Have you ever heard of “fight or flight” syndrome or perhaps the “Bowling Ball” syndrome? It is a common problem where the Autonomic Nervous System (ANS) due to our own life experiences can push us into sympathetic- on/parasympathetic-off. If you are in this mode you probably don’t sleep well, have poor digestion, mood swings, sensitive to loud noises, headaches, jaw pain, nasal congestion etc. In a chronic state this syndrome can put the body into a twisted profile so our non-dominant side will usually face the danger in the “enguard” position whereby the flexors are engaged and extensors are supressed. Does this sound familiar?
In his books Healing is Voltage-the handbook and Cancer’s On/Off Switches Polarity (Amazon), Dr. Tennant discusses Sympathetic twist at great length and why it is important to turn on the parasympathetic nervous system in order to control pain and improve health.
All of our muscles are portable battery packs that need recharging. They charge when they contract and relax. When one is in sympathetic on, the muscles do neither and begin to lose their ability to keep the voltages up in out organ systems, which can eventually can lead to chronic pain and health issues. Dr Tennant calls this the Bowling Ball syndrome because the head is approximately with weight of a bowling ball. If we are in sympathetic on (enguard posture), the head will be tipped to one side, the shoulders and hips tilted as well. Our body is meant to be balanced under our head, if it is not there will be a constant tension throughout the body to compensate for this imbalance. So how do we correct this sympathetic twist/bowling ball syndrome?
Dr. Tennant uses the analogy of how the piece of stone that is inserted in the top of an arch is called the keystone. Because of its shape, the keystone allows the arch to stay standing by causing the blocks in the arch to push against each other. The sphenoid bone, is the keystone for our scull. The position of the sphenoid is important because it dictates the position of all of the other bones in the scull. This can move the center of gravity of the head resulting in the body’s shift into sympathetic twist with compensatory changes down the spine, hips and legs. The brain and sacrum are connected by the Dura and forms a closed hydraulic system called the Cranio Sacral pump. Correcting the position of the sphenoid is important as it opens up this pump. This is widely known as Cranio Sacral therapy (Becker/Upledger)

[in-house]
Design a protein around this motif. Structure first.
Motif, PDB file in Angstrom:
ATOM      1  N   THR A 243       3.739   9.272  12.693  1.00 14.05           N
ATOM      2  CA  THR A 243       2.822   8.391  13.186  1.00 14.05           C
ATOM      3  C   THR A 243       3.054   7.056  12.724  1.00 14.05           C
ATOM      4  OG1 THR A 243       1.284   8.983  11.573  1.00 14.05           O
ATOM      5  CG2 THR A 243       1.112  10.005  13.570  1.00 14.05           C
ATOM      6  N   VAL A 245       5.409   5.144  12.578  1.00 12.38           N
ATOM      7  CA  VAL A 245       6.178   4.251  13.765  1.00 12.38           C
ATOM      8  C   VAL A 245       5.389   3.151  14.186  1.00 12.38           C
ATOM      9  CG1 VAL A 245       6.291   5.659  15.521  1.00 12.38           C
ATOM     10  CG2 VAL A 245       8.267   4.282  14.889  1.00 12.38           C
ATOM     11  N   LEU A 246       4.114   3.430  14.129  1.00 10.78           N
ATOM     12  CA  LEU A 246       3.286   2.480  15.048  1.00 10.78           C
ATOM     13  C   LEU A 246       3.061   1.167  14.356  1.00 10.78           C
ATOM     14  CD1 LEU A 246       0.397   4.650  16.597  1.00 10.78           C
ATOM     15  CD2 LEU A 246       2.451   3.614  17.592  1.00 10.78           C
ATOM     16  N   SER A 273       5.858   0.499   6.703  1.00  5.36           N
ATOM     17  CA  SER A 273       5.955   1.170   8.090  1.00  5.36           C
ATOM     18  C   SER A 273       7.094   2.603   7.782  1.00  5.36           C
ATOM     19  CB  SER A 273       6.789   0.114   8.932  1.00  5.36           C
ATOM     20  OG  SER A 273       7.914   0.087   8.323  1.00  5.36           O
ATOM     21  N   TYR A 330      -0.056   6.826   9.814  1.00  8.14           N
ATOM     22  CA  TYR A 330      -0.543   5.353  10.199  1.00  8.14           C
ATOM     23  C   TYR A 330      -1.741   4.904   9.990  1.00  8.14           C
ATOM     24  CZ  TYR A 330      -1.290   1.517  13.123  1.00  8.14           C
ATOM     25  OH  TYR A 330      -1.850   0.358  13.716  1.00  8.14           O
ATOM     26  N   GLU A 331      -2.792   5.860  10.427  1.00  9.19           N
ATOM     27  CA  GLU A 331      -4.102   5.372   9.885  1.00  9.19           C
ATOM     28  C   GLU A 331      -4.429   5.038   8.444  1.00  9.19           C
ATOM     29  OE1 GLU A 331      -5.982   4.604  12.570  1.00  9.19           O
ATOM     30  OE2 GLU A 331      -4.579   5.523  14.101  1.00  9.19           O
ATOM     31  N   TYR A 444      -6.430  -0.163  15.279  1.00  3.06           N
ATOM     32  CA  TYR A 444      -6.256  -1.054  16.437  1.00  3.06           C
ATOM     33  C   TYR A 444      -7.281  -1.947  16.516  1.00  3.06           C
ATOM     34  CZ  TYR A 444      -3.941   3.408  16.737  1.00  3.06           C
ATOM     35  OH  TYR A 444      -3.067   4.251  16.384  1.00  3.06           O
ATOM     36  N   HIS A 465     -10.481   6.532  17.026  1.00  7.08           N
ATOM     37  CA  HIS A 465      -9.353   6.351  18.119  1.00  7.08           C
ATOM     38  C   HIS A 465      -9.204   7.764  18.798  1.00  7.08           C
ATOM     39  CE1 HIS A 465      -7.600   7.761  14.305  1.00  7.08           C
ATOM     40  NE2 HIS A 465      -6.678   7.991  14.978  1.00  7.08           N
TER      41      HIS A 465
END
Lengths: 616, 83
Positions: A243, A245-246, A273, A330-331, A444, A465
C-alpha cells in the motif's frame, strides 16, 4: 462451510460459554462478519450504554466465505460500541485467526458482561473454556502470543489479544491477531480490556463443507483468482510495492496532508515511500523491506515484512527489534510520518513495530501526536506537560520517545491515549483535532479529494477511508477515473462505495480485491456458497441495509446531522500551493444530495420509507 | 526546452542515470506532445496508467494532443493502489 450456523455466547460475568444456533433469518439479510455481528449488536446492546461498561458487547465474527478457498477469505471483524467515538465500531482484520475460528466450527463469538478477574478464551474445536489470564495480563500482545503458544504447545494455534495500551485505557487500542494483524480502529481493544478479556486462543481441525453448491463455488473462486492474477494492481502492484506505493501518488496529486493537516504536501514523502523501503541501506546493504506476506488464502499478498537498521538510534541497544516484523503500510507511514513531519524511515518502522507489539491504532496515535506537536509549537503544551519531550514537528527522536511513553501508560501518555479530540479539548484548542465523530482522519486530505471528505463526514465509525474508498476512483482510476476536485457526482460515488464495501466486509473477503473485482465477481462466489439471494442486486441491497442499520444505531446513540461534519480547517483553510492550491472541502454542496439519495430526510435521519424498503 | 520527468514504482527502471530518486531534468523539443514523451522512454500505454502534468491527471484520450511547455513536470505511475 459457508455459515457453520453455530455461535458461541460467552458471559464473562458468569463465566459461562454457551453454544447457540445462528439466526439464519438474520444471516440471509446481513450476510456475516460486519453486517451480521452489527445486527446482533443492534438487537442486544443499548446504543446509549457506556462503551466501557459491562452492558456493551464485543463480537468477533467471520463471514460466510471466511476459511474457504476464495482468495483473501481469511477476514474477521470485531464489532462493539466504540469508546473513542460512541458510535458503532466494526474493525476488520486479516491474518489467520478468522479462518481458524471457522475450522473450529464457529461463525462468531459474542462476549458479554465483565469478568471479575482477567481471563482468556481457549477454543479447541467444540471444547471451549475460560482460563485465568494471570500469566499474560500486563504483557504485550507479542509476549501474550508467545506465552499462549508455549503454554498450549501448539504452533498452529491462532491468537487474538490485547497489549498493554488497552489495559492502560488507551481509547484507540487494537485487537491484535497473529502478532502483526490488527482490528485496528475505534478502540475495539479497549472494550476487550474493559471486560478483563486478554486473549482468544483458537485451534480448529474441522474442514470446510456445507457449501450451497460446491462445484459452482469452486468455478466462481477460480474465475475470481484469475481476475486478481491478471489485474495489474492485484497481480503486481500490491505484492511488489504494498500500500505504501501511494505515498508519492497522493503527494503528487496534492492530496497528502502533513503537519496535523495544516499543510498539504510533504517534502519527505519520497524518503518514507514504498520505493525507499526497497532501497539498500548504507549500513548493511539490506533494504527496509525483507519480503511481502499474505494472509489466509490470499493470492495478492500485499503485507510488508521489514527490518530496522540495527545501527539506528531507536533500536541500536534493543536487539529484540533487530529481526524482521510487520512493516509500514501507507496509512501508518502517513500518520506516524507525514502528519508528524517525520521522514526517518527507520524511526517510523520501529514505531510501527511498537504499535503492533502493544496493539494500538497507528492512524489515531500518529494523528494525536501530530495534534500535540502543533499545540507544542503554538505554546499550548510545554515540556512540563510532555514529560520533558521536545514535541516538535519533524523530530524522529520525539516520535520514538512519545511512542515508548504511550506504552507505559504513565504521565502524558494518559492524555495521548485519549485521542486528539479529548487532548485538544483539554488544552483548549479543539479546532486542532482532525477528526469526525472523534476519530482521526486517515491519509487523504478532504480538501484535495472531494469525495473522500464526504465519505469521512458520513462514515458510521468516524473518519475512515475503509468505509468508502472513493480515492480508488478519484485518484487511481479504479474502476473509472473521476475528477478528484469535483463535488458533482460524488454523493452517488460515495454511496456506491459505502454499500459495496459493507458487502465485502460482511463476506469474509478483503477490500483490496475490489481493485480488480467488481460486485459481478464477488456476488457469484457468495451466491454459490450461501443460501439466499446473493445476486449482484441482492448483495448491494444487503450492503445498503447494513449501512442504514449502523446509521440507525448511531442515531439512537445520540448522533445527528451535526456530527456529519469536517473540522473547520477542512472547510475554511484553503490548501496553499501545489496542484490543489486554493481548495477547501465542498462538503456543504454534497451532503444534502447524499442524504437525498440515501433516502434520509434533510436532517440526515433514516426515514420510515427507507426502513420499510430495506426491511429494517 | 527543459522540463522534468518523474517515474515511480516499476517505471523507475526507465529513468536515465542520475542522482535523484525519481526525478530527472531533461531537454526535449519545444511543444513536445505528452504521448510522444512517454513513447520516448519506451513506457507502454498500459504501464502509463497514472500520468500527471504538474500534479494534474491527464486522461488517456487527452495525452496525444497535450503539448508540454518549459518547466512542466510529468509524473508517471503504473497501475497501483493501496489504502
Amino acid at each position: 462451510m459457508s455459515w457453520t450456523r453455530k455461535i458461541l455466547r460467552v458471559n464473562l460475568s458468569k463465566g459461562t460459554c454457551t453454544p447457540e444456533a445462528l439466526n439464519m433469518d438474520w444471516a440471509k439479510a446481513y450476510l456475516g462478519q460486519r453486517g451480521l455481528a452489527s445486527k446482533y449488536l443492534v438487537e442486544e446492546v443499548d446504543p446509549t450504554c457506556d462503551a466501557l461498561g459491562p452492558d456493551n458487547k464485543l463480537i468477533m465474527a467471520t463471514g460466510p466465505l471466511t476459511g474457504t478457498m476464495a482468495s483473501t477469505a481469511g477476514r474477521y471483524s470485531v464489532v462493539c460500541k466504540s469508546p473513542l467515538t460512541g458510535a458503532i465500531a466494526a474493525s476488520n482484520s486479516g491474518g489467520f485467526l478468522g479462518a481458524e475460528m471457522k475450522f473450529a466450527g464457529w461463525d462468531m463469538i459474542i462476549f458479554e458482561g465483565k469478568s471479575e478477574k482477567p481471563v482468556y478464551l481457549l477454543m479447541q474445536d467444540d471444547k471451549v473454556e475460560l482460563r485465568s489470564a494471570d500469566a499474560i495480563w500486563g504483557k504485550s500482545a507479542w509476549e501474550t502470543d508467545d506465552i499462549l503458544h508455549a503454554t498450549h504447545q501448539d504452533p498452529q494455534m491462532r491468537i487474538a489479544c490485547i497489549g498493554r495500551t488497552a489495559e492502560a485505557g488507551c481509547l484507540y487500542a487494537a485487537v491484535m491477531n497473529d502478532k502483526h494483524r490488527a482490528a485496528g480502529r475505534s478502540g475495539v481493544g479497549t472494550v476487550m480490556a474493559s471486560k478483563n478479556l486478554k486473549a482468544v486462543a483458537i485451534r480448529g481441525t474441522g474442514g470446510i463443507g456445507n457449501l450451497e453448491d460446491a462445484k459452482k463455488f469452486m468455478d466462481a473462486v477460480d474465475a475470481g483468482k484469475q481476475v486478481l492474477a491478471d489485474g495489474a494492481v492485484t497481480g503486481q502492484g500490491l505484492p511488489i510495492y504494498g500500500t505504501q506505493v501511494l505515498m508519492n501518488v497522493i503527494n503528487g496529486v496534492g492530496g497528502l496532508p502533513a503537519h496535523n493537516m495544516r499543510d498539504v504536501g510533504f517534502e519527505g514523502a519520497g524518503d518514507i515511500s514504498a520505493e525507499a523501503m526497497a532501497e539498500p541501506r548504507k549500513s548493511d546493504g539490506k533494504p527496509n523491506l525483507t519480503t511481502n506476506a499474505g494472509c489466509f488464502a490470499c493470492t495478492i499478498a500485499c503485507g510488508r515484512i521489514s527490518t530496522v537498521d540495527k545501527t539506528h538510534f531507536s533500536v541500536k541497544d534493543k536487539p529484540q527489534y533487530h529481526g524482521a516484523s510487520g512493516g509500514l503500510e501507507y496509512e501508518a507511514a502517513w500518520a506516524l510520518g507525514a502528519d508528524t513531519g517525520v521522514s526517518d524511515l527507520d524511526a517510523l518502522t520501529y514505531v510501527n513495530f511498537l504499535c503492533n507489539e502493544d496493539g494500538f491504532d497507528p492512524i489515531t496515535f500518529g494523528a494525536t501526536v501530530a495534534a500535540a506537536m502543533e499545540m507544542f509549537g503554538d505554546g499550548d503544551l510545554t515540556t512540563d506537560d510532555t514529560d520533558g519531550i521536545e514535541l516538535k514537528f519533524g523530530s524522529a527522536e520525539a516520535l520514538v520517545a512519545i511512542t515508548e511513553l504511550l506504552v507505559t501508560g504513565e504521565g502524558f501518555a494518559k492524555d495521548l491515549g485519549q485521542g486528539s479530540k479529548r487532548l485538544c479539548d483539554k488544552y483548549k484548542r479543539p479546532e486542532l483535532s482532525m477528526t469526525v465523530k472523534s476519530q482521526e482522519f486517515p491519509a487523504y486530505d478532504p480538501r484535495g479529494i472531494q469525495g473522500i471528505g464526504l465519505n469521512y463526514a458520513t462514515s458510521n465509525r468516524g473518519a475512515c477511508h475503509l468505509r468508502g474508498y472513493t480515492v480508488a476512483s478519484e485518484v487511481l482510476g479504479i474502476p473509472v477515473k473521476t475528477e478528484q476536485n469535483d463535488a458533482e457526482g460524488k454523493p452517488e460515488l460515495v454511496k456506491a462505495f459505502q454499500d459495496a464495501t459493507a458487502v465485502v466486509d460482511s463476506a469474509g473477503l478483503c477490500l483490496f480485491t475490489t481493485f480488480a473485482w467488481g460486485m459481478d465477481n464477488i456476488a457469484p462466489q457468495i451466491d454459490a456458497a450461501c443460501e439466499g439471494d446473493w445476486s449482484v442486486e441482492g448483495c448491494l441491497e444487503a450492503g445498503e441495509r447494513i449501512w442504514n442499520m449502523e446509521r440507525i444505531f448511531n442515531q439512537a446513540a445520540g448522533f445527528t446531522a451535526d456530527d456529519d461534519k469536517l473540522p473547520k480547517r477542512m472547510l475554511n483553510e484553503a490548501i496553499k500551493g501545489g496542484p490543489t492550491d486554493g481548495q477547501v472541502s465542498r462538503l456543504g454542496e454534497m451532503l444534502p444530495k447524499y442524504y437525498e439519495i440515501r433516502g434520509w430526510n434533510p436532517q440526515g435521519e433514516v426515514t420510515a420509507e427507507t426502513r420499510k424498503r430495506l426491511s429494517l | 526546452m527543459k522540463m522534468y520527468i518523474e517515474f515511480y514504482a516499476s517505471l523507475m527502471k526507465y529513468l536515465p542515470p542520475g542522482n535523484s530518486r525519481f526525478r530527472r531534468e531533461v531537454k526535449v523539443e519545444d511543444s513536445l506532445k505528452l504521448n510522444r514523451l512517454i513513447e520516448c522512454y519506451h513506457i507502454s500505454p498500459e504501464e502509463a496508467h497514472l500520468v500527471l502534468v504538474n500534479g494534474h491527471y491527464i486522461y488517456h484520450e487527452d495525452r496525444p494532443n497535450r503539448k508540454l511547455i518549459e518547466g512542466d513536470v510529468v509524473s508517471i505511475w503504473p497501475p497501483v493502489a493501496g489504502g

So how can we reset the sphenoid and ANS? There are several manual ways to do this, but one simple procedure was to stimulate a point on each side of the neck between the sternocleidomastoid (SCM) and trapezius muscles half way between the ear lobe and shoulder. That point accesses the deep cranial nerve that controls the parasympathetic nervous system. This therapy with the Biomodulator also puts voltage into the trapezius muscle which was thought to cause it to contact and rotate the occipital bone to help to correct the sphenoid.
Dr. Tennant studied this further and found the easiest and most efficient way to reset the ANS, was to treat the bilateral occipital points. These 2 points access the gall bladder circuit responsible for emotions and digestion as well as the insertion of the SCM. He found this procedure to be as effective as treating the neck as it put voltage into the cranial nerve as well. He then finishes by treating the main conduit down our spine called the governing vessel meridian. Treating the para-spinal back muscles puts voltage into autonomic ganglia that is wired to each of our organs.
With this correction, clients usually notice immediate changes in the tipping of the head. Shoulders and hips will correct in 12-24 hours. Once you are in parasympathetic-on the body’s flexors relax and extensors engage. Sleep, digestion improve and general body pain is reduced. Now one can continue treat each of the lingering pain and/or health issues with the Biomodulator technology.
To learn more, visit www.tennantbiomodulator.ca
This therapy can also be done with the Acuscope and Myopulse along with Cranial Electrical Stimulation (CES)